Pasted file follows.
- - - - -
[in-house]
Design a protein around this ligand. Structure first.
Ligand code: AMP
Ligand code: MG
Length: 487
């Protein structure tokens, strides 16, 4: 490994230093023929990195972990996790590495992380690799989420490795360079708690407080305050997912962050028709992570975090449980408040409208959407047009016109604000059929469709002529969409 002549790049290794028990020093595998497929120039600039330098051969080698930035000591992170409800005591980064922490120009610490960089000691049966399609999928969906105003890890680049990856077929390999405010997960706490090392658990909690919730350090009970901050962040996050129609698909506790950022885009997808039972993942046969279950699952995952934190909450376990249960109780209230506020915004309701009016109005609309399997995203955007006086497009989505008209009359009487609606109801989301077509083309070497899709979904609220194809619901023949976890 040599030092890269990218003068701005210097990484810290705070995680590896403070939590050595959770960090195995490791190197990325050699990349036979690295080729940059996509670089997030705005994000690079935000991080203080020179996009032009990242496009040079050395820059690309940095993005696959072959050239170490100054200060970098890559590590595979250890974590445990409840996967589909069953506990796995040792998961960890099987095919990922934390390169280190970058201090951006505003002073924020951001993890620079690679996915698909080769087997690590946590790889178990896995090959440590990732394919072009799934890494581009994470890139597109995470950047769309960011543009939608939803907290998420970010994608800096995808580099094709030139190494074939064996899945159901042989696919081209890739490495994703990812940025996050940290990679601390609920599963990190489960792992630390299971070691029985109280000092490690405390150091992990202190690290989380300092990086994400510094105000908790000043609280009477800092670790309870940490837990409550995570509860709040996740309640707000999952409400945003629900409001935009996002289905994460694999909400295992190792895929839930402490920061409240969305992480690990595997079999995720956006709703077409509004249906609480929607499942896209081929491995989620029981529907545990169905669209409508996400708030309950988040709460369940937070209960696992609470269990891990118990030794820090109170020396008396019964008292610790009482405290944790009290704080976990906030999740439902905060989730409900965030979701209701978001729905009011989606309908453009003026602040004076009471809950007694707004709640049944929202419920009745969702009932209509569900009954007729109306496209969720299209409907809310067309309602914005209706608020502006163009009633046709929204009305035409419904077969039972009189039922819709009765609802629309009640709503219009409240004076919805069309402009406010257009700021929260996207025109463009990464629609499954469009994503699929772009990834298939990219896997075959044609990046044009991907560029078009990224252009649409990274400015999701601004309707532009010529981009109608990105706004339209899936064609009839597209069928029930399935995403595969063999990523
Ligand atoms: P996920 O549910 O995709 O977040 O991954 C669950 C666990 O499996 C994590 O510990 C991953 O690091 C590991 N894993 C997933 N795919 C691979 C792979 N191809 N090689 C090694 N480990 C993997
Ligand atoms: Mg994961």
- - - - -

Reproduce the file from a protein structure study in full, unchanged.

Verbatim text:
[in-house]
Design a protein around this ligand. Structure first.
Ligand code: AMP
Ligand code: MG
Length: 487
């Protein structure tokens, strides 16, 4: 490994230093023929990195972990996790590495992380690799989420490795360079708690407080305050997912962050028709992570975090449980408040409208959407047009016109604000059929469709002529969409 002549790049290794028990020093595998497929120039600039330098051969080698930035000591992170409800005591980064922490120009610490960089000691049966399609999928969906105003890890680049990856077929390999405010997960706490090392658990909690919730350090009970901050962040996050129609698909506790950022885009997808039972993942046969279950699952995952934190909450376990249960109780209230506020915004309701009016109005609309399997995203955007006086497009989505008209009359009487609606109801989301077509083309070497899709979904609220194809619901023949976890 040599030092890269990218003068701005210097990484810290705070995680590896403070939590050595959770960090195995490791190197990325050699990349036979690295080729940059996509670089997030705005994000690079935000991080203080020179996009032009990242496009040079050395820059690309940095993005696959072959050239170490100054200060970098890559590590595979250890974590445990409840996967589909069953506990796995040792998961960890099987095919990922934390390169280190970058201090951006505003002073924020951001993890620079690679996915698909080769087997690590946590790889178990896995090959440590990732394919072009799934890494581009994470890139597109995470950047769309960011543009939608939803907290998420970010994608800096995808580099094709030139190494074939064996899945159901042989696919081209890739490495994703990812940025996050940290990679601390609920599963990190489960792992630390299971070691029985109280000092490690405390150091992990202190690290989380300092990086994400510094105000908790000043609280009477800092670790309870940490837990409550995570509860709040996740309640707000999952409400945003629900409001935009996002289905994460694999909400295992190792895929839930402490920061409240969305992480690990595997079999995720956006709703077409509004249906609480929607499942896209081929491995989620029981529907545990169905669209409508996400708030309950988040709460369940937070209960696992609470269990891990118990030794820090109170020396008396019964008292610790009482405290944790009290704080976990906030999740439902905060989730409900965030979701209701978001729905009011989606309908453009003026602040004076009471809950007694707004709640049944929202419920009745969702009932209509569900009954007729109306496209969720299209409907809310067309309602914005209706608020502006163009009633046709929204009305035409419904077969039972009189039922819709009765609802629309009640709503219009409240004076919805069309402009406010257009700021929260996207025109463009990464629609499954469009994503699929772009990834298939990219896997075959044609990046044009991907560029078009990224252009649409990274400015999701601004309707532009010529981009109608990105706004339209899936064609009839597209069928029930399935995403595969063999990523
Ligand atoms: P996920 O549910 O995709 O977040 O991954 C669950 C666990 O499996 C994590 O510990 C991953 O690091 C590991 N894993 C997933 N795919 C691979 C792979 N191809 N090689 C090694 N480990 C993997
Ligand atoms: Mg994961």